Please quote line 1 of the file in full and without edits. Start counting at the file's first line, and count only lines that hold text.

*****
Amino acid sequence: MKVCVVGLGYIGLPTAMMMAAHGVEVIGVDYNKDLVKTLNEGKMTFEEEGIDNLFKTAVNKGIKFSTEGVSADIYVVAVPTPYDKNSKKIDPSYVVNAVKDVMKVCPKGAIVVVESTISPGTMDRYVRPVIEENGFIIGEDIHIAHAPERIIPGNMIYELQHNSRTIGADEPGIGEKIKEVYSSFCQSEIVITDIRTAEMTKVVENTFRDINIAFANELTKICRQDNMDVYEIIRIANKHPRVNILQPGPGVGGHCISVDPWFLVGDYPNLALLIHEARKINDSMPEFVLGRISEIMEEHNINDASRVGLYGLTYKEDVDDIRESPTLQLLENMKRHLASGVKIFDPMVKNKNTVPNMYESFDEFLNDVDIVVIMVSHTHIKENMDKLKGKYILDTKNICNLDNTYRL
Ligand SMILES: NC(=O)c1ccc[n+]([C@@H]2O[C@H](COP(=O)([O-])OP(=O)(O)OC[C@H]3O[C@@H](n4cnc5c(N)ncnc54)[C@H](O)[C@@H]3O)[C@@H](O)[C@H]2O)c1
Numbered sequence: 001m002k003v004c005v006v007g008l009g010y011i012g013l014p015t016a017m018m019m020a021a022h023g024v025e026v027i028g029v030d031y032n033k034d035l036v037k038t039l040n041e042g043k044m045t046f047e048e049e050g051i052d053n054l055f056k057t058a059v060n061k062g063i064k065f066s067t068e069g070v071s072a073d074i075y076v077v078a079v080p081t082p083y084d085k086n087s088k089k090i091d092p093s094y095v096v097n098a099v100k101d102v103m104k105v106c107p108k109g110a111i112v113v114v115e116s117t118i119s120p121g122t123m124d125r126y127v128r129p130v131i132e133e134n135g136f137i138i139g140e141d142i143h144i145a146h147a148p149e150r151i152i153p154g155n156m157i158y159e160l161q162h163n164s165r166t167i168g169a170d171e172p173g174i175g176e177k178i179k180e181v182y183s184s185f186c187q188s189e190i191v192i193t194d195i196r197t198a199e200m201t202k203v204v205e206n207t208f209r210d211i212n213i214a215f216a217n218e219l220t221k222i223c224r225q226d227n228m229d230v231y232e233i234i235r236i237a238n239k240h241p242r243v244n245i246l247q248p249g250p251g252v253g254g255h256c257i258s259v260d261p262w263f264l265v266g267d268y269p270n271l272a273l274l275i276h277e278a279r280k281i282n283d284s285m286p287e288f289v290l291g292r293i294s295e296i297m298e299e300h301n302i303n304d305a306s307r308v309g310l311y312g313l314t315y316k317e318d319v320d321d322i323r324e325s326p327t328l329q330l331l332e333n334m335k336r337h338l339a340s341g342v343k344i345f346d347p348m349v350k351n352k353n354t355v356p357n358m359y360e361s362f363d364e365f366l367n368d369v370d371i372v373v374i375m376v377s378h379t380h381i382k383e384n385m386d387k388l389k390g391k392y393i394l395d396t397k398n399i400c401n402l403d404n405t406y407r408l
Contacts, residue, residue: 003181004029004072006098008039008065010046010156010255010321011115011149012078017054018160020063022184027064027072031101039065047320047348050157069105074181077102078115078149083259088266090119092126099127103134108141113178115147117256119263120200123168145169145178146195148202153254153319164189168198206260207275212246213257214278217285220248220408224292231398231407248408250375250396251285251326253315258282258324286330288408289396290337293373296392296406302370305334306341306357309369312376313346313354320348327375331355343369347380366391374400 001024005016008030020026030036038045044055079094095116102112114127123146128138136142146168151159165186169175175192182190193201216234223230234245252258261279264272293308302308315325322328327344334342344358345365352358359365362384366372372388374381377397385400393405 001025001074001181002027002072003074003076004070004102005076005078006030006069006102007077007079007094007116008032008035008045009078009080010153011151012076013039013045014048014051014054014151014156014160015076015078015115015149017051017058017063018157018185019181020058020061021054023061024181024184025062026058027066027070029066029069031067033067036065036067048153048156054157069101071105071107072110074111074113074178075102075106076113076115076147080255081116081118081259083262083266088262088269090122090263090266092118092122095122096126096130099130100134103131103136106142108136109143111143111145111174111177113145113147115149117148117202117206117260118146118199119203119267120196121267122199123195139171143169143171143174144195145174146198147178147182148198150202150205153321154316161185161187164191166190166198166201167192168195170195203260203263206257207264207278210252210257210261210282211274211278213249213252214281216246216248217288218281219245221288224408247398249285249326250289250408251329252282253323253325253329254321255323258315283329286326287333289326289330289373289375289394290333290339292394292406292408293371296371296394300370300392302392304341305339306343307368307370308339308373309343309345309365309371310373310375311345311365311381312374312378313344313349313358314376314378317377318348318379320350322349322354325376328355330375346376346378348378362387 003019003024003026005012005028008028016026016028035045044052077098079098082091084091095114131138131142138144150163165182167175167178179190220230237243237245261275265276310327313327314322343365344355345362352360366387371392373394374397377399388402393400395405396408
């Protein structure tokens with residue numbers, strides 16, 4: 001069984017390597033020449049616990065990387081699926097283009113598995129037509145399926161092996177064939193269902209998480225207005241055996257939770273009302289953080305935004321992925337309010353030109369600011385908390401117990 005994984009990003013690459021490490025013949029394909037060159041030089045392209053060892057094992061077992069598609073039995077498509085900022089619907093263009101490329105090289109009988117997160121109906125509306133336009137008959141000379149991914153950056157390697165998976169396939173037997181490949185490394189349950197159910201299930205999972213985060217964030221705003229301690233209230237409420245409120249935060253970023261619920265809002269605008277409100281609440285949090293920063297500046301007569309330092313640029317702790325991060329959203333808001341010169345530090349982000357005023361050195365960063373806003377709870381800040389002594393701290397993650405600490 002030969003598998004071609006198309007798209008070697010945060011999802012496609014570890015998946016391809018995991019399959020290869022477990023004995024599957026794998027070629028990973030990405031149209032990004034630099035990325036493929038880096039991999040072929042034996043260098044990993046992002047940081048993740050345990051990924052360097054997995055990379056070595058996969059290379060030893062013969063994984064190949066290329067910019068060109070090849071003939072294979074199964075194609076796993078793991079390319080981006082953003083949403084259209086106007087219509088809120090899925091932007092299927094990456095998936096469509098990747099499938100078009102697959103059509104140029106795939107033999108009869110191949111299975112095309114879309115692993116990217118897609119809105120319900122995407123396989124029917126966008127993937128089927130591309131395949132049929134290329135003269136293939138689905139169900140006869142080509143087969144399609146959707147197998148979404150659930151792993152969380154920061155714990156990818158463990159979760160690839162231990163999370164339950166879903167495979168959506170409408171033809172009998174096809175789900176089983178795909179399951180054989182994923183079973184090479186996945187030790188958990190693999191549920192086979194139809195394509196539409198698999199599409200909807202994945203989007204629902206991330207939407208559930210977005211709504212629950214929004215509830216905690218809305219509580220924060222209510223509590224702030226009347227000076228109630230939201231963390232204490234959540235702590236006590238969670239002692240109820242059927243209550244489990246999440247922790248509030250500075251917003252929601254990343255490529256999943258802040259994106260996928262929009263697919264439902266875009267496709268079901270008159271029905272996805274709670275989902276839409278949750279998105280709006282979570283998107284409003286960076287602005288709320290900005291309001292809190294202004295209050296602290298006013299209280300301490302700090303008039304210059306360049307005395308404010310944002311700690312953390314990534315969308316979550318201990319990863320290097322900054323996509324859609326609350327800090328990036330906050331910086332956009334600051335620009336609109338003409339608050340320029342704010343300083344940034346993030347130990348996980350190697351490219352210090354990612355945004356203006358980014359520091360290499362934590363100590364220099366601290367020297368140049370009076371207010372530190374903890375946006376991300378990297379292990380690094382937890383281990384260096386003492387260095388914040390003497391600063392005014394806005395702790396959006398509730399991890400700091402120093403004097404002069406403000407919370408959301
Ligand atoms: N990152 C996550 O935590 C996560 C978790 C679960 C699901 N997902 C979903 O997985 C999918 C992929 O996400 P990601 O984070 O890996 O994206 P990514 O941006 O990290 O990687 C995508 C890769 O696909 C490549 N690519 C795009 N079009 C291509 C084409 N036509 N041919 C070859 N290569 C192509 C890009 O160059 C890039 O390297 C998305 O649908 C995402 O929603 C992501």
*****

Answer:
Amino acid sequence: MKVCVVGLGYIGLPTAMMMAAHGVEVIGVDYNKDLVKTLNEGKMTFEEEGIDNLFKTAVNKGIKFSTEGVSADIYVVAVPTPYDKNSKKIDPSYVVNAVKDVMKVCPKGAIVVVESTISPGTMDRYVRPVIEENGFIIGEDIHIAHAPERIIPGNMIYELQHNSRTIGADEPGIGEKIKEVYSSFCQSEIVITDIRTAEMTKVVENTFRDINIAFANELTKICRQDNMDVYEIIRIANKHPRVNILQPGPGVGGHCISVDPWFLVGDYPNLALLIHEARKINDSMPEFVLGRISEIMEEHNINDASRVGLYGLTYKEDVDDIRESPTLQLLENMKRHLASGVKIFDPMVKNKNTVPNMYESFDEFLNDVDIVVIMVSHTHIKENMDKLKGKYILDTKNICNLDNTYRL